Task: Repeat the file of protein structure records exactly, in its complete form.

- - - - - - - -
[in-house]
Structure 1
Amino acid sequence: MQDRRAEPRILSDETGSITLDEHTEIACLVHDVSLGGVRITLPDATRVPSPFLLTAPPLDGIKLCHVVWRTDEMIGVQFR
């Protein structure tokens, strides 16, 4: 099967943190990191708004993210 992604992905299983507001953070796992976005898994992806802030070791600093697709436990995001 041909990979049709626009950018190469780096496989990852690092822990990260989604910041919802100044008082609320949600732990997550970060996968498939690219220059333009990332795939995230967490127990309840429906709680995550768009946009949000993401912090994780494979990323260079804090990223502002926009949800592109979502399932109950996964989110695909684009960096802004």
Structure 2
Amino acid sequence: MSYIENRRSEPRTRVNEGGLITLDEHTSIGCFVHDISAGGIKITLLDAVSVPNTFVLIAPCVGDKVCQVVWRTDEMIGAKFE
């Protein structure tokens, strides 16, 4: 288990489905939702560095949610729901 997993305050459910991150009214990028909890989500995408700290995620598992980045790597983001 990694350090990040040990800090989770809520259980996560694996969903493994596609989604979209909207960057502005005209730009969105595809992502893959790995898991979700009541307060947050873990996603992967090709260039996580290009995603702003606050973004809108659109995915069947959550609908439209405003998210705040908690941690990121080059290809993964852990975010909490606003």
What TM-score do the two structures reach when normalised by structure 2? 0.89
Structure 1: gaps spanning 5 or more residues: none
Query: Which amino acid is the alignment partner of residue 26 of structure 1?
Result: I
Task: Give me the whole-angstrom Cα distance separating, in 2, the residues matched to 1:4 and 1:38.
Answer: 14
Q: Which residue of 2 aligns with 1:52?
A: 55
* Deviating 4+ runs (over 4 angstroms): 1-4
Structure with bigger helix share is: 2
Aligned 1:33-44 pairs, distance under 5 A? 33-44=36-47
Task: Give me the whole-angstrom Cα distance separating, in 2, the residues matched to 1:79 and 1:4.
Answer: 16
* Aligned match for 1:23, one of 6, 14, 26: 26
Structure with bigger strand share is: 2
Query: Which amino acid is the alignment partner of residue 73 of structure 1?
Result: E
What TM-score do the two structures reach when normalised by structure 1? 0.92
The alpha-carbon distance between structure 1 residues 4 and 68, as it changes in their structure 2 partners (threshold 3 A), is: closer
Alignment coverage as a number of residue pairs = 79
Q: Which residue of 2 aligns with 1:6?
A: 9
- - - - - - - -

[in-house]
Structure 1
Amino acid sequence: MQDRRAEPRILSDETGSITLDEHTEIACLVHDVSLGGVRITLPDATRVPSPFLLTAPPLDGIKLCHVVWRTDEMIGVQFR
């Protein structure tokens, strides 16, 4: 099967943190990191708004993210 992604992905299983507001953070796992976005898994992806802030070791600093697709436990995001 041909990979049709626009950018190469780096496989990852690092822990990260989604910041919802100044008082609320949600732990997550970060996968498939690219220059333009990332795939995230967490127990309840429906709680995550768009946009949000993401912090994780494979990323260079804090990223502002926009949800592109979502399932109950996964989110695909684009960096802004």
Structure 2
Amino acid sequence: MSYIENRRSEPRTRVNEGGLITLDEHTSIGCFVHDISAGGIKITLLDAVSVPNTFVLIAPCVGDKVCQVVWRTDEMIGAKFE
């Protein structure tokens, strides 16, 4: 288990489905939702560095949610729901 997993305050459910991150009214990028909890989500995408700290995620598992980045790597983001 990694350090990040040990800090989770809520259980996560694996969903493994596609989604979209909207960057502005005209730009969105595809992502893959790995898991979700009541307060947050873990996603992967090709260039996580290009995603702003606050973004809108659109995915069947959550609908439209405003998210705040908690941690990121080059290809993964852990975010909490606003």
What TM-score do the two structures reach when normalised by structure 2? 0.89
Structure 1: gaps spanning 5 or more residues: none
Query: Which amino acid is the alignment partner of residue 26 of structure 1?
Result: I
Task: Give me the whole-angstrom Cα distance separating, in 2, the residues matched to 1:4 and 1:38.
Answer: 14
Q: Which residue of 2 aligns with 1:52?
A: 55
* Deviating 4+ runs (over 4 angstroms): 1-4
Structure with bigger helix share is: 2
Aligned 1:33-44 pairs, distance under 5 A? 33-44=36-47
Task: Give me the whole-angstrom Cα distance separating, in 2, the residues matched to 1:79 and 1:4.
Answer: 16
* Aligned match for 1:23, one of 6, 14, 26: 26
Structure with bigger strand share is: 2
Query: Which amino acid is the alignment partner of residue 73 of structure 1?
Result: E
What TM-score do the two structures reach when normalised by structure 1? 0.92
The alpha-carbon distance between structure 1 residues 4 and 68, as it changes in their structure 2 partners (threshold 3 A), is: closer
Alignment coverage as a number of residue pairs = 79
Q: Which residue of 2 aligns with 1:6?
A: 9